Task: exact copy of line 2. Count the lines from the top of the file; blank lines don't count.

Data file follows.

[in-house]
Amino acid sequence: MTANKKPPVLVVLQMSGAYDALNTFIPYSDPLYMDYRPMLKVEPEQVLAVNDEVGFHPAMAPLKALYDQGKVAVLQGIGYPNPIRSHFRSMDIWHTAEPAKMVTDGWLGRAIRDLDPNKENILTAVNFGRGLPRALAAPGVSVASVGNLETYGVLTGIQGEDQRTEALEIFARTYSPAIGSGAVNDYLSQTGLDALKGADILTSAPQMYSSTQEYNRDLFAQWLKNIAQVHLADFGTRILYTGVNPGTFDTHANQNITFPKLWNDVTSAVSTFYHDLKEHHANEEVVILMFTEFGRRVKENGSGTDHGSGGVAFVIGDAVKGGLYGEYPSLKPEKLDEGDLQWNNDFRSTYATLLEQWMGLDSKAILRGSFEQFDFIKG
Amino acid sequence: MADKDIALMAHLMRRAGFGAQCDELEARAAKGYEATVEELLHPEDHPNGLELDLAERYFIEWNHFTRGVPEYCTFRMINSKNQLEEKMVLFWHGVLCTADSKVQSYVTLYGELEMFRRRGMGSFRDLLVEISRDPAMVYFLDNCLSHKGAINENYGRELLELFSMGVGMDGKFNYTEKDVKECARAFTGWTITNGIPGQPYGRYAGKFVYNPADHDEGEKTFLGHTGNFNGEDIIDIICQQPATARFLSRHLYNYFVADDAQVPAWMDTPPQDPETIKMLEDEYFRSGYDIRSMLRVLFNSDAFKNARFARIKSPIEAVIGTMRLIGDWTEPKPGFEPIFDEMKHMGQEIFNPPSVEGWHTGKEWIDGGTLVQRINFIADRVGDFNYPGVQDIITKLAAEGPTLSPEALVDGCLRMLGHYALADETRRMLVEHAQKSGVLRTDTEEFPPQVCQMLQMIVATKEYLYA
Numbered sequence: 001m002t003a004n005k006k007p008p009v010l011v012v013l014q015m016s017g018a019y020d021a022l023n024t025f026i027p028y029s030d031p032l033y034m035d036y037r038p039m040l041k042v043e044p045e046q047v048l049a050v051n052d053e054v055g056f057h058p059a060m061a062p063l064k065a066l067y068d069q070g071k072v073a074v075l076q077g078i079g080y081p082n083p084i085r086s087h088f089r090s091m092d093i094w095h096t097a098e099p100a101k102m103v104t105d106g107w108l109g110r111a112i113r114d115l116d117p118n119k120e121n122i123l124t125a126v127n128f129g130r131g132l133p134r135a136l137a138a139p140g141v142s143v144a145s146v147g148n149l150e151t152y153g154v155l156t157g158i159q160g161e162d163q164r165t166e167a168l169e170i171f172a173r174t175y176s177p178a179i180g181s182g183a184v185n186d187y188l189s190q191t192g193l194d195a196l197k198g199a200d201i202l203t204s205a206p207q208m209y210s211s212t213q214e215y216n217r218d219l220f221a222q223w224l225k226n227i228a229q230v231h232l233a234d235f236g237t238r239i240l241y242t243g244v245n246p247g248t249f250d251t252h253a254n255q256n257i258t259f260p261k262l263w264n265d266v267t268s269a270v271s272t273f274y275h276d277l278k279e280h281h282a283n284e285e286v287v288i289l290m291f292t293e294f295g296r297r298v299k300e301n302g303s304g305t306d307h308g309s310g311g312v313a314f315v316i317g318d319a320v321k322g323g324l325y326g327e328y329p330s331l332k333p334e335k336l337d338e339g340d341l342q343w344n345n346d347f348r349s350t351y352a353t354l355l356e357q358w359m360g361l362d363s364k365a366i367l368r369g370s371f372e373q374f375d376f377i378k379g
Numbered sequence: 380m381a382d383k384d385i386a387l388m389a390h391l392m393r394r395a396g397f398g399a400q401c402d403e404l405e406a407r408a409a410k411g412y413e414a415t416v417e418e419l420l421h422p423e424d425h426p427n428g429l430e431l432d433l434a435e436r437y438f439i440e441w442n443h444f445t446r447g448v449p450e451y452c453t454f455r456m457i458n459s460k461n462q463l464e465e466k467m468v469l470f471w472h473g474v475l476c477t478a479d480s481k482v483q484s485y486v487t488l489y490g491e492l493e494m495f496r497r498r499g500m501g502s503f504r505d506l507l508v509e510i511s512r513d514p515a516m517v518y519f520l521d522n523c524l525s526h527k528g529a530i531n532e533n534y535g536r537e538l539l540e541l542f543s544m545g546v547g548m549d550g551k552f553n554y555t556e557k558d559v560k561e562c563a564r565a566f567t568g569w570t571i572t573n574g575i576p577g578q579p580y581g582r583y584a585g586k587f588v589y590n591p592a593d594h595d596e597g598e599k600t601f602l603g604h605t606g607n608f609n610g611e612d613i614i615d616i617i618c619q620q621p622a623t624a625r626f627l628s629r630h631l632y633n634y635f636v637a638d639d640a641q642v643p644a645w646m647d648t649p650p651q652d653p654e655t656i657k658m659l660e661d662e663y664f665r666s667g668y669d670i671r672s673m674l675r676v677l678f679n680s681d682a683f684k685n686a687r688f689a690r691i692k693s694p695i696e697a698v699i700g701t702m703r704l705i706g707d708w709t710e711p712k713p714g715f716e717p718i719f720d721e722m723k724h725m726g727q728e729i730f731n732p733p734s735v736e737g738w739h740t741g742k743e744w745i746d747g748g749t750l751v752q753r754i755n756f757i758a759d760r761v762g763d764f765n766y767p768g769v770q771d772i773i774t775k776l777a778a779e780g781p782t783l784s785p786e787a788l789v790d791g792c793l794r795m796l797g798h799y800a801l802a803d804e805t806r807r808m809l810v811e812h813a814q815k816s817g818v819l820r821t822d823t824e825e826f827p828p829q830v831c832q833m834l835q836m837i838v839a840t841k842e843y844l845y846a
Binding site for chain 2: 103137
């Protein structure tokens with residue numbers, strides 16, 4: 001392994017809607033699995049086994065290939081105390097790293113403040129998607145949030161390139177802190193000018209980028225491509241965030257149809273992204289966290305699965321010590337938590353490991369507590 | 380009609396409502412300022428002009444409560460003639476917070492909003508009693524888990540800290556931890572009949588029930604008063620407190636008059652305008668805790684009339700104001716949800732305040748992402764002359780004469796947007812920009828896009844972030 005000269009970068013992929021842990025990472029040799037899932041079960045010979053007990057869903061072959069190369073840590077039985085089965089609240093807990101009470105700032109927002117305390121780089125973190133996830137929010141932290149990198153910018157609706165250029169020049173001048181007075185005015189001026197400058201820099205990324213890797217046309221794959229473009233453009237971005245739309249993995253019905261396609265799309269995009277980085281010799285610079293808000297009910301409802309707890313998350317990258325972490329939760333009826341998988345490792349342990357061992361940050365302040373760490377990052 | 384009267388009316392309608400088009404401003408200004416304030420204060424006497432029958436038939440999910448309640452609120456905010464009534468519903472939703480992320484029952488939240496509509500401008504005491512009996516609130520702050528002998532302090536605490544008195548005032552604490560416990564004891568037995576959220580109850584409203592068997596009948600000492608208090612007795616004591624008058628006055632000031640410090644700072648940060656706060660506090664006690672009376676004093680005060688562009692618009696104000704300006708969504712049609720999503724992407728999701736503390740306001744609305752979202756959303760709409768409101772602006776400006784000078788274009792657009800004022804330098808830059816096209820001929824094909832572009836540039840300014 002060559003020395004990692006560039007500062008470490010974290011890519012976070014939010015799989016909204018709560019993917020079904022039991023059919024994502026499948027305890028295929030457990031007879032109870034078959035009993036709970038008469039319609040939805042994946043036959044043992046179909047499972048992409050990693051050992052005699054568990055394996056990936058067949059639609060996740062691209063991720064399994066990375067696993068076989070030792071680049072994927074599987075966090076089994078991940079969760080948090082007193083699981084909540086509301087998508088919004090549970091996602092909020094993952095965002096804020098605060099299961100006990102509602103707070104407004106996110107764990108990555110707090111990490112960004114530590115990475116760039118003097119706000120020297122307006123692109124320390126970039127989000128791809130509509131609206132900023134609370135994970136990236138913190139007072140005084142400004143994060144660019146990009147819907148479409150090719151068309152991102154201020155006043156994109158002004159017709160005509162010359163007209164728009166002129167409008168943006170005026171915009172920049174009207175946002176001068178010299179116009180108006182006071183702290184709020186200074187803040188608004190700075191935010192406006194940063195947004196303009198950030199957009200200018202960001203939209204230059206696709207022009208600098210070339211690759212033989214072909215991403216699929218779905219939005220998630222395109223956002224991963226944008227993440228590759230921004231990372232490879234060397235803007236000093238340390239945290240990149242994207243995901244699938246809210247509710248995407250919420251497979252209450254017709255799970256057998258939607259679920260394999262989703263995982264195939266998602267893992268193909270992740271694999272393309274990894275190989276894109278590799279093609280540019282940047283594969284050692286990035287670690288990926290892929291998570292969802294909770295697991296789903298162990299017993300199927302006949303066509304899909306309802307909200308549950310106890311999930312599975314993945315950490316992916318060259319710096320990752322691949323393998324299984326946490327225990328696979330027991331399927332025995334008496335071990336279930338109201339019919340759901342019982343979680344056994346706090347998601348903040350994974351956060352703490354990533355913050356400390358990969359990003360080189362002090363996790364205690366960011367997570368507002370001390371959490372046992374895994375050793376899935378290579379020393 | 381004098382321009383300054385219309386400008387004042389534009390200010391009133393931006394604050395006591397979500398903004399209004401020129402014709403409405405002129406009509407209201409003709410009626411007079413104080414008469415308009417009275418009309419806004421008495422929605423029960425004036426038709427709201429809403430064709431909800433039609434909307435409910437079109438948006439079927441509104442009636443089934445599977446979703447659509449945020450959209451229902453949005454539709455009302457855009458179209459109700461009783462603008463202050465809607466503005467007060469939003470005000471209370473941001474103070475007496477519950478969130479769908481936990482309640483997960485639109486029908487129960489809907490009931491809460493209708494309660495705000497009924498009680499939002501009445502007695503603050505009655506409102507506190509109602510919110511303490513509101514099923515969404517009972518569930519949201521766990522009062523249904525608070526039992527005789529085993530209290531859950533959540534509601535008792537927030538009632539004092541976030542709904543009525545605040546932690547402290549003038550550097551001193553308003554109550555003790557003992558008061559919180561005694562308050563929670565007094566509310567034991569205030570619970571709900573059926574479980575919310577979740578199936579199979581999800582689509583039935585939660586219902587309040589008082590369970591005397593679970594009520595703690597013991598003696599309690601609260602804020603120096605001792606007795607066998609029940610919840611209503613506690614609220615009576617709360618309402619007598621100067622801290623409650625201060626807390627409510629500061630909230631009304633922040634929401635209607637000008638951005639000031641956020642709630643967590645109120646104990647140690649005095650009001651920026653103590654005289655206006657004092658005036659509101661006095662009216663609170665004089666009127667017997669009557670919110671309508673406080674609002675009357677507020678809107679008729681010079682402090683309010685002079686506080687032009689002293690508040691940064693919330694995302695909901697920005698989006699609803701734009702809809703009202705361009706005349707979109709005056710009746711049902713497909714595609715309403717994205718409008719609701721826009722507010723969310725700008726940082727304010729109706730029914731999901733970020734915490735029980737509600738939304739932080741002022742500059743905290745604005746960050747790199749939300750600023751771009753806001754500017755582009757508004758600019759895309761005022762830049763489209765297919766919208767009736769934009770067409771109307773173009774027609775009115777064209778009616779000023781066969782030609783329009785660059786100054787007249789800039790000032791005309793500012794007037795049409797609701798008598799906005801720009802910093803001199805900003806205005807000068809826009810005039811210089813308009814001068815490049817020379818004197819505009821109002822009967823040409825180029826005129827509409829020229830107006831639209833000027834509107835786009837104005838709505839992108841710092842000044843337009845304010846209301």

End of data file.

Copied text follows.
Amino acid sequence: MTANKKPPVLVVLQMSGAYDALNTFIPYSDPLYMDYRPMLKVEPEQVLAVNDEVGFHPAMAPLKALYDQGKVAVLQGIGYPNPIRSHFRSMDIWHTAEPAKMVTDGWLGRAIRDLDPNKENILTAVNFGRGLPRALAAPGVSVASVGNLETYGVLTGIQGEDQRTEALEIFARTYSPAIGSGAVNDYLSQTGLDALKGADILTSAPQMYSSTQEYNRDLFAQWLKNIAQVHLADFGTRILYTGVNPGTFDTHANQNITFPKLWNDVTSAVSTFYHDLKEHHANEEVVILMFTEFGRRVKENGSGTDHGSGGVAFVIGDAVKGGLYGEYPSLKPEKLDEGDLQWNNDFRSTYATLLEQWMGLDSKAILRGSFEQFDFIKG